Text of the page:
What is it about?

The history of a cotton factory village on the River Tay in Perthshire, near Perth, founded in 1784 by a group of merchants and landowners, including Richard Arkwright, and George Dempster, MP for the Perth Burghs, on land feued from the Duke of Atholl. Despite various periods of mill closure, because of mis-management, war against France, or the Cotton Famine of the 1860s, Stanley mills continued to produce cotton yarn and cloth, then artificial fibres, until finally closing in 1989. The mills fell into disuse and were vandalised, but were rescued by action from Historic Scotland, in conjunction with the Phoenix Trust. They secured grants from the Heritage Lottery Fund, amounting to £8.8 million to purchase and restore the mills, which eventually re-opened to the public in 2008, partly as a museum and historical monument, but mainly as housing.

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Why is it important?

The original Bell Mill at Stanley, dated 1784, is probably the finest surviving example in Britain of a water- powered Arkwright brick cotton mill from the late eighteenth century.Stanley Mills also have well documented connections with prominent individuals in the early history of the cotton industry, such as Richard Arkwright, David Dale of New Lanark and Robert Owen, Dale’s son in law. Stanley Mills are situated in a magnificent setting on the River Tay, the longest river in Scotland. They demonstrate the changing use of water power over the centuries, from the original water wheels of the 1780s and 1790s, to the 200 hp turbine installed in 1878, and the Swedish Boving hydro-electric system installed in 1921, when F S Sandeman and Co joined the Dundee-based Jute Industries. The hydro electric system at Stanley was abandoned in 1965, but the Boving Turbine House was restored by Innogy PLC to produce energy for the National Grid.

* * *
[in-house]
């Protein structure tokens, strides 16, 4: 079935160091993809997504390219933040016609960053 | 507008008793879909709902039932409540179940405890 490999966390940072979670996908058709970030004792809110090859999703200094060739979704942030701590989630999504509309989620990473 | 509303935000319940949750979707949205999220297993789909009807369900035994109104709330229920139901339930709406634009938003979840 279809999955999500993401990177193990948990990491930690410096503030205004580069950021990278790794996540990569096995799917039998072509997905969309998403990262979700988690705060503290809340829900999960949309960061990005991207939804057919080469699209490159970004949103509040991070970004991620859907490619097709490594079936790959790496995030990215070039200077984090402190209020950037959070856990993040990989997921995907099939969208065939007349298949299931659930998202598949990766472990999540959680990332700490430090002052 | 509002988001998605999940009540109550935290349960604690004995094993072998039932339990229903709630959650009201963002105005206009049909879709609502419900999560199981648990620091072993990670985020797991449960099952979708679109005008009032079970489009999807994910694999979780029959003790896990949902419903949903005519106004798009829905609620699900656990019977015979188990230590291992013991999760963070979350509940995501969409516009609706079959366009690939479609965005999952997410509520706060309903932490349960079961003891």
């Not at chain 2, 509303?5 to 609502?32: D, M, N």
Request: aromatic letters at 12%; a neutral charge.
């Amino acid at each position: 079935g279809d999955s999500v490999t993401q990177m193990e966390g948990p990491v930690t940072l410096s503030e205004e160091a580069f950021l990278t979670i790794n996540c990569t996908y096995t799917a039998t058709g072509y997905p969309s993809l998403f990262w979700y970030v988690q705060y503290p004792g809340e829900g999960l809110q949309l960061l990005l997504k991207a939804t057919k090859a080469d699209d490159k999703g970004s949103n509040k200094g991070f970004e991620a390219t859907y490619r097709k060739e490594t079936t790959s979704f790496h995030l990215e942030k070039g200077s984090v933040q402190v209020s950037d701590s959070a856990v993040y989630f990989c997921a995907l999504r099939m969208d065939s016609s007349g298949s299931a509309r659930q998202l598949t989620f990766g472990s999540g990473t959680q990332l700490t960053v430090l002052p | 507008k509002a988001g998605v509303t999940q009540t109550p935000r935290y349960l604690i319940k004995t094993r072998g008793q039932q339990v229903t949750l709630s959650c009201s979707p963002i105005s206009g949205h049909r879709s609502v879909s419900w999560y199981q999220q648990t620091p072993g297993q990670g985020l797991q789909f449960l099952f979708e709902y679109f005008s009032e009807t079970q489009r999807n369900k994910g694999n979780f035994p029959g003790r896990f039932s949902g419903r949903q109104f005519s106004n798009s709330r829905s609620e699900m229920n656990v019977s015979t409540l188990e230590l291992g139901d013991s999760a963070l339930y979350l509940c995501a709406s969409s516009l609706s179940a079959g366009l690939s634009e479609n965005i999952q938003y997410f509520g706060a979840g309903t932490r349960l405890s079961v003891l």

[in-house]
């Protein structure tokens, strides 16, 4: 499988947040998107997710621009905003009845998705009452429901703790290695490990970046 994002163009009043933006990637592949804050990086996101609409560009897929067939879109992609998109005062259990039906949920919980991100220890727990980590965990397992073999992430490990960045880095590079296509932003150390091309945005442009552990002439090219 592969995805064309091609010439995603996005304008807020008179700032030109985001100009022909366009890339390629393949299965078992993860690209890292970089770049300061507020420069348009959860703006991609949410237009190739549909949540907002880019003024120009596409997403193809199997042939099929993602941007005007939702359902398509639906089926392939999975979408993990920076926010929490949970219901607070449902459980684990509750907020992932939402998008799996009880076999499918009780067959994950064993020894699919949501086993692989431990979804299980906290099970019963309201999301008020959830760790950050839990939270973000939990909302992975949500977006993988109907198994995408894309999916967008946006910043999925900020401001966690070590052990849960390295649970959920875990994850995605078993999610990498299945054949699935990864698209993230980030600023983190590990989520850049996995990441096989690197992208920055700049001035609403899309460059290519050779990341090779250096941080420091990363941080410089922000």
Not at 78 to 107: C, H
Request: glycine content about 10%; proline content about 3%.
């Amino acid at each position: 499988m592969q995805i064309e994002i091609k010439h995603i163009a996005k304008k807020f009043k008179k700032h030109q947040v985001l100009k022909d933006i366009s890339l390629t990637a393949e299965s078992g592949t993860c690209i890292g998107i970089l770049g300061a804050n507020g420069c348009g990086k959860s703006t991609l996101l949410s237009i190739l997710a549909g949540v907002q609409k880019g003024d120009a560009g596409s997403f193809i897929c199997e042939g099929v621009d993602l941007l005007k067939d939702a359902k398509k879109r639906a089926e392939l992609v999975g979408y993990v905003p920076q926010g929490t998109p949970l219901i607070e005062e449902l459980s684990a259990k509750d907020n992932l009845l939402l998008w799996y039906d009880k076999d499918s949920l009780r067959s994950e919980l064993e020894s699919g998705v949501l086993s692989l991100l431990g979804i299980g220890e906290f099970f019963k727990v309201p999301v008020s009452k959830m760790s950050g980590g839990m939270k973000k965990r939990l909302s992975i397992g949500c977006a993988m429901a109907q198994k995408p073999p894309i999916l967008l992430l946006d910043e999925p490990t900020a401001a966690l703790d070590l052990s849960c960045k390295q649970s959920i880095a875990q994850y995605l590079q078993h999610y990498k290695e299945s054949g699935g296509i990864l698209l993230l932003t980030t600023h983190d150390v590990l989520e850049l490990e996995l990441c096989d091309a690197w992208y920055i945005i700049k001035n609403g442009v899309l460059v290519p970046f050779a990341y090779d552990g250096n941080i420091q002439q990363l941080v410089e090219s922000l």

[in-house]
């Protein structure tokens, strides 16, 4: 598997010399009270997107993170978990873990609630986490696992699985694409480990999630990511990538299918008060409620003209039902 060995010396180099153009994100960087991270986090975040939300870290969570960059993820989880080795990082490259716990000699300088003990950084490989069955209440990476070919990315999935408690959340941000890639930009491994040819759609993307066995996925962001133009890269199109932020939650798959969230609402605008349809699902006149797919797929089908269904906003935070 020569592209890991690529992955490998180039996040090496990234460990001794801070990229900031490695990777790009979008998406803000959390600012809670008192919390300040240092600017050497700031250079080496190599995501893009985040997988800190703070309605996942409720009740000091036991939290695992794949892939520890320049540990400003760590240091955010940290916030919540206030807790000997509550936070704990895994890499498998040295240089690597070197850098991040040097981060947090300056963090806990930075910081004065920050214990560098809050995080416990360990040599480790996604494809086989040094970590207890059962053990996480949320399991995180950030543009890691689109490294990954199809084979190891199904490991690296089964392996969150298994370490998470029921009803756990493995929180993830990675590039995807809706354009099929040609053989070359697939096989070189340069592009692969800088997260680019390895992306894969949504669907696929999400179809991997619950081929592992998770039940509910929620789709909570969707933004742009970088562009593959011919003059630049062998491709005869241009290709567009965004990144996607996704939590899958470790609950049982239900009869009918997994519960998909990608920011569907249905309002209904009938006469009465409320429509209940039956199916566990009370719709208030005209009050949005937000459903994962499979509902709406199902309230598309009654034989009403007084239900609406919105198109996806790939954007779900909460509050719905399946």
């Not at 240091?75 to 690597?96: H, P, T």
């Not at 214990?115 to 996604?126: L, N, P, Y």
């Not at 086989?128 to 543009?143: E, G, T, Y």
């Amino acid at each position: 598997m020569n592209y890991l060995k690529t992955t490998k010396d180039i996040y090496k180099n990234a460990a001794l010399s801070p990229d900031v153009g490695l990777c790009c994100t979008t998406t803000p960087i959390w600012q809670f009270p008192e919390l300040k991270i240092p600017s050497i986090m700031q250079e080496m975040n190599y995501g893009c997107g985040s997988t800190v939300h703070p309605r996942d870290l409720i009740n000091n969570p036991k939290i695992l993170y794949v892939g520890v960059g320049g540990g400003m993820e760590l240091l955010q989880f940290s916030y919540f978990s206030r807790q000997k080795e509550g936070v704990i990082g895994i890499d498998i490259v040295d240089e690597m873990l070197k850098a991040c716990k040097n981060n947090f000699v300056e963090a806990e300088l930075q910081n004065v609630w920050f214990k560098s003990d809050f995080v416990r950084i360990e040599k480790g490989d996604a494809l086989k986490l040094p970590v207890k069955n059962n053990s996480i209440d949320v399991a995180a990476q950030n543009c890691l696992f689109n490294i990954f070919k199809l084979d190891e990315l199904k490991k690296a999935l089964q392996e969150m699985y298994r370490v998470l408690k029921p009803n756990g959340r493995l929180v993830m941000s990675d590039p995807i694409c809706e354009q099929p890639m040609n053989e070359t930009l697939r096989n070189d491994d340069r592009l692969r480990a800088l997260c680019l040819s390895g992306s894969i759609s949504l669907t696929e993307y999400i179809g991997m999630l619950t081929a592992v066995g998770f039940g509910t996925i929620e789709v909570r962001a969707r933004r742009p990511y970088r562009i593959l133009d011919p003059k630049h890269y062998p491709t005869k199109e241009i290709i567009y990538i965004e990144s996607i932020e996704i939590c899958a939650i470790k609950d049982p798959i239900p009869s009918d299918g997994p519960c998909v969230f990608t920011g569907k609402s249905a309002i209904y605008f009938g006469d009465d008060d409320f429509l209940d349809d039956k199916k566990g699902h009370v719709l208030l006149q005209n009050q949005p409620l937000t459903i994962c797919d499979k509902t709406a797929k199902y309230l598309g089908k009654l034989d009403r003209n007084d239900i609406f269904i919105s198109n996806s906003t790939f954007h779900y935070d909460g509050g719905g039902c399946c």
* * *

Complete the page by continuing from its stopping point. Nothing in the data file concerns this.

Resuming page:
I have been researching the history of Stanley Mills and village for about fifty years. In the early 1970s, I ran a University extra-mural class in the village for two years, and together, we produced a community history of the mills and village. Many of the class worked or had worked in Stanley Mills, and had a wide range of expertise, from mill work, farming, medicine, education, etc. I also organised a conference in the village to publicise our findings and invited John Hume of Historic Scotland, as a speaker. I was employed as Historical Consultant by Historic Scotland, and wrote the historical section of the successful bid to the Heritage Lottery Fund for the purchase and restoration of Stanley Mills. I also wrote the official Guide to Stanley Mills, available both in English and Gaelic

University of Dundee

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This page is a summary of: Cooke, Stanley: From Arkwright Village to Commuter Suburb, 1784–2015, The Scottish Historical Review, April 2017, Edinburgh University Press, DOI: 10.3366/shr.2017.0329.
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